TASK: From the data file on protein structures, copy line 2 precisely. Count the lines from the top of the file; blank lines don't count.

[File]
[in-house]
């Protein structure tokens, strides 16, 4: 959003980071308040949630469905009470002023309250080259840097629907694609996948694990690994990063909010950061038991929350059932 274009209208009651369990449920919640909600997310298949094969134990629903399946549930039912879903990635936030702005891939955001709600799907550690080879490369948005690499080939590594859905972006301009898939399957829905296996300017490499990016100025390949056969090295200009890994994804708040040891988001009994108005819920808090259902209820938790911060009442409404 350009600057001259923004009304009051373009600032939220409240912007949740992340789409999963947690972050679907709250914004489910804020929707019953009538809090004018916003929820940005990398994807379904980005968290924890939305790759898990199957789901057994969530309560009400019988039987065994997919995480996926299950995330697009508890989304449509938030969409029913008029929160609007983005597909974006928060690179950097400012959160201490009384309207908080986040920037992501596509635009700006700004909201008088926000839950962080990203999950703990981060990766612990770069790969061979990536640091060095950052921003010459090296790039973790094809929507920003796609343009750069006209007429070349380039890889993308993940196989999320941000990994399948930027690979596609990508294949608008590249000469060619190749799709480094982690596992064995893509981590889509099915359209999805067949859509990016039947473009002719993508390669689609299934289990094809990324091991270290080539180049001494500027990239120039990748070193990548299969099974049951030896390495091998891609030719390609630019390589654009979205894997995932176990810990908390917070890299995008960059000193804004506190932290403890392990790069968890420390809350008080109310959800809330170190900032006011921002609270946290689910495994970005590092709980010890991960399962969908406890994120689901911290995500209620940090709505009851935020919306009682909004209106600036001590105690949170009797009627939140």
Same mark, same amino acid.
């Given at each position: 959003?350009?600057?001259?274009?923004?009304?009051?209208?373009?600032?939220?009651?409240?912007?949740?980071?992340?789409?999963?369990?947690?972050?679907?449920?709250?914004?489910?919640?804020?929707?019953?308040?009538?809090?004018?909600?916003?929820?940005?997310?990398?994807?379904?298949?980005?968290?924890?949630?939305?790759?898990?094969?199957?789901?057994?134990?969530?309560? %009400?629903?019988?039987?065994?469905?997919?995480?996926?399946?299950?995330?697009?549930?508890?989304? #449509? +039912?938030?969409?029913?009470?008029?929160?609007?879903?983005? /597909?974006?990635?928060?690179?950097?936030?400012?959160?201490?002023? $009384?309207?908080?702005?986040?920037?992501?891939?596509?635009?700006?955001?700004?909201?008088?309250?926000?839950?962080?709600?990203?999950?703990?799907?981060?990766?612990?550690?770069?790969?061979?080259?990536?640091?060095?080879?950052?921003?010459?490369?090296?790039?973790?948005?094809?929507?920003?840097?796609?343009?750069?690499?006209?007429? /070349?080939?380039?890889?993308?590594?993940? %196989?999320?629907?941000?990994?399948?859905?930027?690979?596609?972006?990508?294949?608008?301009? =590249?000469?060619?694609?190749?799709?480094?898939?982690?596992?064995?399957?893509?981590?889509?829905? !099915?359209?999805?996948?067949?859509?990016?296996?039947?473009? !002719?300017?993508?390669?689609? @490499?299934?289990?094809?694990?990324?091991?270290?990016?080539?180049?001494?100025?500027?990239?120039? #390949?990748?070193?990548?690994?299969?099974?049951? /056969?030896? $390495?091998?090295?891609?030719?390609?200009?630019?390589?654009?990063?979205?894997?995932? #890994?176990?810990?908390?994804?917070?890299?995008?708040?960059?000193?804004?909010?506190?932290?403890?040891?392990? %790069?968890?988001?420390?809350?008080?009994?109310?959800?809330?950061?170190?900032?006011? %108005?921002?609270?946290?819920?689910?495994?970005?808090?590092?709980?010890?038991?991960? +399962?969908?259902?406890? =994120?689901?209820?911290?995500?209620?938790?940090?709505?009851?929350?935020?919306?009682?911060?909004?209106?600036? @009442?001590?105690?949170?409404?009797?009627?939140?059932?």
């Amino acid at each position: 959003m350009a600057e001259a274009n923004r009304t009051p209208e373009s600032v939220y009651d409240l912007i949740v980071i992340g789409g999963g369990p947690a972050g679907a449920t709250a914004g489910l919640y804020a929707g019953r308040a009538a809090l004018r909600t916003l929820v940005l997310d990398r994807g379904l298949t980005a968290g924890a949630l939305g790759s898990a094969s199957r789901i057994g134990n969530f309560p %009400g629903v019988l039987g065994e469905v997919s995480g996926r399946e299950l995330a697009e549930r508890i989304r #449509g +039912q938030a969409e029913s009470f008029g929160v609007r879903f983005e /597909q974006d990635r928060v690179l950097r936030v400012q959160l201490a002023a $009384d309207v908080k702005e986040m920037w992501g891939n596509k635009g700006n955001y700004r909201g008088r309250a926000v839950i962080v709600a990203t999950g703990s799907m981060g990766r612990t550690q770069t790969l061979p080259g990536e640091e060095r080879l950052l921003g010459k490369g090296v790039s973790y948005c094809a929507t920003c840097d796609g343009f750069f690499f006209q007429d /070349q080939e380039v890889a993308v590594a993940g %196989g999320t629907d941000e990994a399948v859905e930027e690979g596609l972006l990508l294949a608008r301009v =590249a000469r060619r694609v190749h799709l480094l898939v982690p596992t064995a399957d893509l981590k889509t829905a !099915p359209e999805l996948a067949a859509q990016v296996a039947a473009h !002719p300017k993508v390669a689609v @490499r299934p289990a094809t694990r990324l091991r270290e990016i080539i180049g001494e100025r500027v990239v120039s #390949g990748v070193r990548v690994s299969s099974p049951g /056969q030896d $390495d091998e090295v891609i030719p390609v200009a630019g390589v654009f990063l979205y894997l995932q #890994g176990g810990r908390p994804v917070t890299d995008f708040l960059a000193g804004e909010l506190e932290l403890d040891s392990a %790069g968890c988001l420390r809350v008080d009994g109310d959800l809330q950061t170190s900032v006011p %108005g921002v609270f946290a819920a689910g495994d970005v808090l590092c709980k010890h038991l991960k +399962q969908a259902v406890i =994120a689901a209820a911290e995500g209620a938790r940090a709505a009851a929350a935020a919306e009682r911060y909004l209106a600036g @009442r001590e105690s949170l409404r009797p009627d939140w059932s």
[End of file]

């Protein structure tokens, strides 16, 4: 959003980071308040949630469905009470002023309250080259840097629907694609996948694990690994990063909010950061038991929350059932 274009209208009651369990449920919640909600997310298949094969134990629903399946549930039912879903990635936030702005891939955001709600799907550690080879490369948005690499080939590594859905972006301009898939399957829905296996300017490499990016100025390949056969090295200009890994994804708040040891988001009994108005819920808090259902209820938790911060009442409404 350009600057001259923004009304009051373009600032939220409240912007949740992340789409999963947690972050679907709250914004489910804020929707019953009538809090004018916003929820940005990398994807379904980005968290924890939305790759898990199957789901057994969530309560009400019988039987065994997919995480996926299950995330697009508890989304449509938030969409029913008029929160609007983005597909974006928060690179950097400012959160201490009384309207908080986040920037992501596509635009700006700004909201008088926000839950962080990203999950703990981060990766612990770069790969061979990536640091060095950052921003010459090296790039973790094809929507920003796609343009750069006209007429070349380039890889993308993940196989999320941000990994399948930027690979596609990508294949608008590249000469060619190749799709480094982690596992064995893509981590889509099915359209999805067949859509990016039947473009002719993508390669689609299934289990094809990324091991270290080539180049001494500027990239120039990748070193990548299969099974049951030896390495091998891609030719390609630019390589654009979205894997995932176990810990908390917070890299995008960059000193804004506190932290403890392990790069968890420390809350008080109310959800809330170190900032006011921002609270946290689910495994970005590092709980010890991960399962969908406890994120689901911290995500209620940090709505009851935020919306009682909004209106600036001590105690949170009797009627939140």